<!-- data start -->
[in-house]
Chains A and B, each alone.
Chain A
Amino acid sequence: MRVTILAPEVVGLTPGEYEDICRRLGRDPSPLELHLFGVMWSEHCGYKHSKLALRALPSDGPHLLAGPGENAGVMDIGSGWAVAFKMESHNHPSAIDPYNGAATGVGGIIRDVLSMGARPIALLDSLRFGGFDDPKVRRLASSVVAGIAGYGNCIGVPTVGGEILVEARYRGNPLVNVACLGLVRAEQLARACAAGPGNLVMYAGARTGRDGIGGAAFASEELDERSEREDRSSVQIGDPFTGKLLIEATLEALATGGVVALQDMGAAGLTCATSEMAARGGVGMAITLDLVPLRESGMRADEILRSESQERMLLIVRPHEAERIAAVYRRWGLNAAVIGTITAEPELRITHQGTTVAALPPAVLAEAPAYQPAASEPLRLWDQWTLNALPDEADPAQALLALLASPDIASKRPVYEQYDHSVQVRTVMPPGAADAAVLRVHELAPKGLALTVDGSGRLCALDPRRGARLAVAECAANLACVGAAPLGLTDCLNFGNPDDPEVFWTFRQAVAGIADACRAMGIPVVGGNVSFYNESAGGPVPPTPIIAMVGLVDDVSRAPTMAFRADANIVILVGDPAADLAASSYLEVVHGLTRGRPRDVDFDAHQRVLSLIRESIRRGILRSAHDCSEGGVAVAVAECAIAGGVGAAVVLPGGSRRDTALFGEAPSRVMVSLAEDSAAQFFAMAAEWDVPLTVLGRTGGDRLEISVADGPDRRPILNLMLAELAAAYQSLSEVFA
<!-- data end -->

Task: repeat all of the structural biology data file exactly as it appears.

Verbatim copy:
[in-house]
Chains A and B, each alone.
Chain A
Amino acid sequence: MRVTILAPEVVGLTPGEYEDICRRLGRDPSPLELHLFGVMWSEHCGYKHSKLALRALPSDGPHLLAGPGENAGVMDIGSGWAVAFKMESHNHPSAIDPYNGAATGVGGIIRDVLSMGARPIALLDSLRFGGFDDPKVRRLASSVVAGIAGYGNCIGVPTVGGEILVEARYRGNPLVNVACLGLVRAEQLARACAAGPGNLVMYAGARTGRDGIGGAAFASEELDERSEREDRSSVQIGDPFTGKLLIEATLEALATGGVVALQDMGAAGLTCATSEMAARGGVGMAITLDLVPLRESGMRADEILRSESQERMLLIVRPHEAERIAAVYRRWGLNAAVIGTITAEPELRITHQGTTVAALPPAVLAEAPAYQPAASEPLRLWDQWTLNALPDEADPAQALLALLASPDIASKRPVYEQYDHSVQVRTVMPPGAADAAVLRVHELAPKGLALTVDGSGRLCALDPRRGARLAVAECAANLACVGAAPLGLTDCLNFGNPDDPEVFWTFRQAVAGIADACRAMGIPVVGGNVSFYNESAGGPVPPTPIIAMVGLVDDVSRAPTMAFRADANIVILVGDPAADLAASSYLEVVHGLTRGRPRDVDFDAHQRVLSLIRESIRRGILRSAHDCSEGGVAVAVAECAIAGGVGAAVVLPGGSRRDTALFGEAPSRVMVSLAEDSAAQFFAMAAEWDVPLTVLGRTGGDRLEISVADGPDRRPILNLMLAELAAAYQSLSEVFA